Book review: Girl A by Abigail Dean

Friday, January 15, 2021 Permalink

There’s been a bit of buzz around Girl A by Abigail Dean. That can be both a good and bad thing. I read it earlier than planned as I was excited about it, but at the same time I probably had heightened expectations as a result.

For much of this book I wasn’t sure if I was reading about a cult, or about kidnapped children. Dean keeps it pretty vague for a while and readers are on edge, recognising that we don’t have the full story. Waiting for more.

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three-half-stars

Book review: The Last Thing To Burn by Will Dean

Tuesday, January 5, 2021 Permalink

I’d completely misunderstood the blurb for The Last Thing To Burn by Will Dean. I assumed it to be one of those kidnap victim sagas about someone abducted and held for many years (like Room and many books since). And it kinda is. But’s also about the far weightier and fraught topic of human trafficking, or at least its aftermath and its repercussions.

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four-stars

Book review: Shuggie Bain by Douglas Stuart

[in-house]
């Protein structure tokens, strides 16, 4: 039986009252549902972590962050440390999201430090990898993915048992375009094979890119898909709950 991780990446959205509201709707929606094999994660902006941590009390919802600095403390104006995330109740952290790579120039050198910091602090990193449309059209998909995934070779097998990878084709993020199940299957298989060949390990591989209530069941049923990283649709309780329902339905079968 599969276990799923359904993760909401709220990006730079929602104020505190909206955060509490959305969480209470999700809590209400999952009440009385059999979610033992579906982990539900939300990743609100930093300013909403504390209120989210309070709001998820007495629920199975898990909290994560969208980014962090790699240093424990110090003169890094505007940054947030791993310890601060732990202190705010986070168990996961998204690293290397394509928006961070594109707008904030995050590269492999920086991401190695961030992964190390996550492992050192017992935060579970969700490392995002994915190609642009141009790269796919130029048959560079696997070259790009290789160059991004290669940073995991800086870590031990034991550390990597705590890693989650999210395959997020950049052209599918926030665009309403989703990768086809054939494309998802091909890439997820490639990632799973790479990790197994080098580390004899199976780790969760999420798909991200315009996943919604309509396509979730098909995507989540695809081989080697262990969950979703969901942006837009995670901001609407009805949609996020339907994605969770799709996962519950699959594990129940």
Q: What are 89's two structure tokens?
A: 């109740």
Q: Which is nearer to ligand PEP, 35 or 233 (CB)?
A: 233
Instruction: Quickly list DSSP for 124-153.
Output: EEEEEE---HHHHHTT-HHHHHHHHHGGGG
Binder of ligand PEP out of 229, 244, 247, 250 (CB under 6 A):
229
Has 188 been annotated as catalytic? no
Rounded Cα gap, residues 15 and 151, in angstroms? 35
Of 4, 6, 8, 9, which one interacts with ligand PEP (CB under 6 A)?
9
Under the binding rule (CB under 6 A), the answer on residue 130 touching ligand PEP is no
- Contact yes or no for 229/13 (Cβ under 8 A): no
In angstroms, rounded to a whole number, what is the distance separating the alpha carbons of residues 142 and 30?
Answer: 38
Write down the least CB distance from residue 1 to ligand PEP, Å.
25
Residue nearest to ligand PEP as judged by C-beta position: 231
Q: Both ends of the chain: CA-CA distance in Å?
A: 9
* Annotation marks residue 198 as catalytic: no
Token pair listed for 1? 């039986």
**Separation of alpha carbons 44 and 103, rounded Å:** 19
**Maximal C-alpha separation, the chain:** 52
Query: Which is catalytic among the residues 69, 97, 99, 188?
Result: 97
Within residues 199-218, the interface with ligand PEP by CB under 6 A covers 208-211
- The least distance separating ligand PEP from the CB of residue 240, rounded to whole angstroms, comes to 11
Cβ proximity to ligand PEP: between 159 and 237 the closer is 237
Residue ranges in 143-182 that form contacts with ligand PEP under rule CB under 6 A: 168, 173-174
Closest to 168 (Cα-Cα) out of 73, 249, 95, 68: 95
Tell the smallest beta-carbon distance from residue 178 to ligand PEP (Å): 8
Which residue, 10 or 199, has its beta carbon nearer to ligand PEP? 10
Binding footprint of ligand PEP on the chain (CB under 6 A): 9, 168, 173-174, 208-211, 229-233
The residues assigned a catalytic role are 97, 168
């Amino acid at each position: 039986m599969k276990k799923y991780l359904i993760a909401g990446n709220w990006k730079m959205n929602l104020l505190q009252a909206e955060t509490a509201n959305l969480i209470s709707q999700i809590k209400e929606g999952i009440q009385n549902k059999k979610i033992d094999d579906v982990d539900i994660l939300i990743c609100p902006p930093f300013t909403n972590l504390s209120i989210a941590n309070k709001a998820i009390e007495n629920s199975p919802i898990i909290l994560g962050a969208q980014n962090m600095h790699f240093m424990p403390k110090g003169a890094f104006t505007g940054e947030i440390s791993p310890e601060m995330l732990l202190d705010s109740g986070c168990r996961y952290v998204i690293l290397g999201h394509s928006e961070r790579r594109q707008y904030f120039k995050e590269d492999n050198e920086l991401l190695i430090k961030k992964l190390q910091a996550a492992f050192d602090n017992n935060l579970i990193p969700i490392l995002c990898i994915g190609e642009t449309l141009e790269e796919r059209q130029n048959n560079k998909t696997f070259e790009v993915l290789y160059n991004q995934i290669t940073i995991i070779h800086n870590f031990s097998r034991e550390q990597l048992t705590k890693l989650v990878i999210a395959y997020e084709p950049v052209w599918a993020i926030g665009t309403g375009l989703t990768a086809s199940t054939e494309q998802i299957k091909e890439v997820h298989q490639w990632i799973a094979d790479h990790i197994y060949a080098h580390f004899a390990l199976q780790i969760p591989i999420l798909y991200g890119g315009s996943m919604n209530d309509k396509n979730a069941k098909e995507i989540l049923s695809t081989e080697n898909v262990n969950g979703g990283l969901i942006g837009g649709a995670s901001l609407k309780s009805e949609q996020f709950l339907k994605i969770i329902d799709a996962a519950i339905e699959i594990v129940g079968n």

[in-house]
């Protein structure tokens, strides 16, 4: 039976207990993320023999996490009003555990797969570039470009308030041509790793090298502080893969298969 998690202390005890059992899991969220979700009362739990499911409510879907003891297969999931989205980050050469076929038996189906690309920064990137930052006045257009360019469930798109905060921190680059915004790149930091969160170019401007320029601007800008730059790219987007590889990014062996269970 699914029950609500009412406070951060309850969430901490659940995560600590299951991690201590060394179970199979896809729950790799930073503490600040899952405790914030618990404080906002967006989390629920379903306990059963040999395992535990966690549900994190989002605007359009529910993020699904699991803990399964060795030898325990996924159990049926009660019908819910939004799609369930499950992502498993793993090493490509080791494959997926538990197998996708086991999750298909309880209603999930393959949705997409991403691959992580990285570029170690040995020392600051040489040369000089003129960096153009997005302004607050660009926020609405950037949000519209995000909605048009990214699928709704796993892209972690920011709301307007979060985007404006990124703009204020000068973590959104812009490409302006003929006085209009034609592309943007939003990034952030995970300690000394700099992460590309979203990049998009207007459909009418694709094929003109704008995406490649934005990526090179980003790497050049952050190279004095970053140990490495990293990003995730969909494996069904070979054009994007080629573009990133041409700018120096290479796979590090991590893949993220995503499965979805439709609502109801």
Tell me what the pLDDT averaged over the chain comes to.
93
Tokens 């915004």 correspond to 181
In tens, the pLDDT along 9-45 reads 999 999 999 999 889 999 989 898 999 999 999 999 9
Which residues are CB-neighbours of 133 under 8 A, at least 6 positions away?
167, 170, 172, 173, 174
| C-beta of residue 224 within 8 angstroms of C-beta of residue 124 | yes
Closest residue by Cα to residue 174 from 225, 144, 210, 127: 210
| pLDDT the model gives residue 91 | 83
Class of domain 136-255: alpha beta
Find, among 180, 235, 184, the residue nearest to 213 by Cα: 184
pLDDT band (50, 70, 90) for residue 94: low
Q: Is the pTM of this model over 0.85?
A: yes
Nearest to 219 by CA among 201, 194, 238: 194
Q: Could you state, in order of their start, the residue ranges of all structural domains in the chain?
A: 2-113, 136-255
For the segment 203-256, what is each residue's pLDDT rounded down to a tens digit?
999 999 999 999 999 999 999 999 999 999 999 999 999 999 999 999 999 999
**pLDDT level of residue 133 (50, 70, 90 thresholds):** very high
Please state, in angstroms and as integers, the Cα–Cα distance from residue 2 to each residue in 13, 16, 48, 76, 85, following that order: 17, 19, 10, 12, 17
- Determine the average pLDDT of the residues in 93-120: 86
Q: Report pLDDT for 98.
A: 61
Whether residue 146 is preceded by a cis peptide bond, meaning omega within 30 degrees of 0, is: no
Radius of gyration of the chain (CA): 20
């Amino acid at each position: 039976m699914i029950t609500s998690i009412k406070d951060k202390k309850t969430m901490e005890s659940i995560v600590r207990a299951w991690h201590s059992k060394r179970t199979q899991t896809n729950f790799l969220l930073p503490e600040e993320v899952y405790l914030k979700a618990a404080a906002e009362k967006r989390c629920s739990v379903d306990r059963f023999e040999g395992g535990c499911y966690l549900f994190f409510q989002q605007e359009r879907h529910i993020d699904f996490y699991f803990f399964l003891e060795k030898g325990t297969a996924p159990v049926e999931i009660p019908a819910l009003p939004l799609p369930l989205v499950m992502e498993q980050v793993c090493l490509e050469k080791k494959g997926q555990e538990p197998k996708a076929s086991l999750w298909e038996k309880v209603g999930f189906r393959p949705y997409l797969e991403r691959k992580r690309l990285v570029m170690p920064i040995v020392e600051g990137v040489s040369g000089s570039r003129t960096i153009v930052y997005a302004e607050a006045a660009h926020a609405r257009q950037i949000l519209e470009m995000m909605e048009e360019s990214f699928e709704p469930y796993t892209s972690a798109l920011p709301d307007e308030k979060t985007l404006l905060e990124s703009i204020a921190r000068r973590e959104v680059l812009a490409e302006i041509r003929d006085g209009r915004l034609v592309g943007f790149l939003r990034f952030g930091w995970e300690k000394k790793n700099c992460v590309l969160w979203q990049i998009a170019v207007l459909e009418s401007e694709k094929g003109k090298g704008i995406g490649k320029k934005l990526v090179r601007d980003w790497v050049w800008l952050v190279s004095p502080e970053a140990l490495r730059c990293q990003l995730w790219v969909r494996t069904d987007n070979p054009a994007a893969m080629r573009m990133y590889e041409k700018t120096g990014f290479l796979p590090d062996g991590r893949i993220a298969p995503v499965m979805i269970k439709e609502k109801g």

Wednesday, December 23, 2020 Permalink

When Shuggie Bain by Douglas Stuart won the 2020 Man Booker Prize I’d not heard of it. That (on the other hand) is not unheard of because I rarely read books featured on international literary prize lists. It was made more memorable for me because I joked that Stuart reminded me very much of Australian (dislodged from NZ) author RWR McDonald and we joked about it on Twitter.

I wasn’t convinced I would enjoy Shuggie Bain. I’m not a fan of weighty sagas about poverty and the plight of the working man. Particularly in that bleak bread, dripping and beer after a day of toiling in the mines way.

And initially I struggled a little with Shuggie. Well, not Shuggie himself but the book. There was no doubt however, it’s brilliantly written. But Shuggie’s story grew on me and Stuart’s writing enchanted me.

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four-half-stars

Book review: Contacts by Mark Watson

Wednesday, December 16, 2020 Permalink

Contacts by Mark Watson is going to be hard to review because though I enjoyed it – to an extent – my main issue with it is the content (underlining premise) itself. I can’t decide whether I think it’s ill-conceived, irresponsible and totally inappropriate or perhaps cathartic or helpful.

Either way it needs a big trigger warning as the entire book is about someone planning to suicide and how they got to that point.

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three-stars

Book review: The Miseducation of Evie Epworth by Matson Taylor

Friday, November 27, 2020 Permalink

I’m not sure why I wasn’t drawn to The Miseducation of Evie Epworth earlier. I’m a sucker for a weird book title. Think, Eleanor Oliphant is Completely Fine, The Truths and Triumphs of Grace Atherton and We Are All Completely Beside Ourselves. Not to mention almost everything by Swedish writer Fredrik Backman.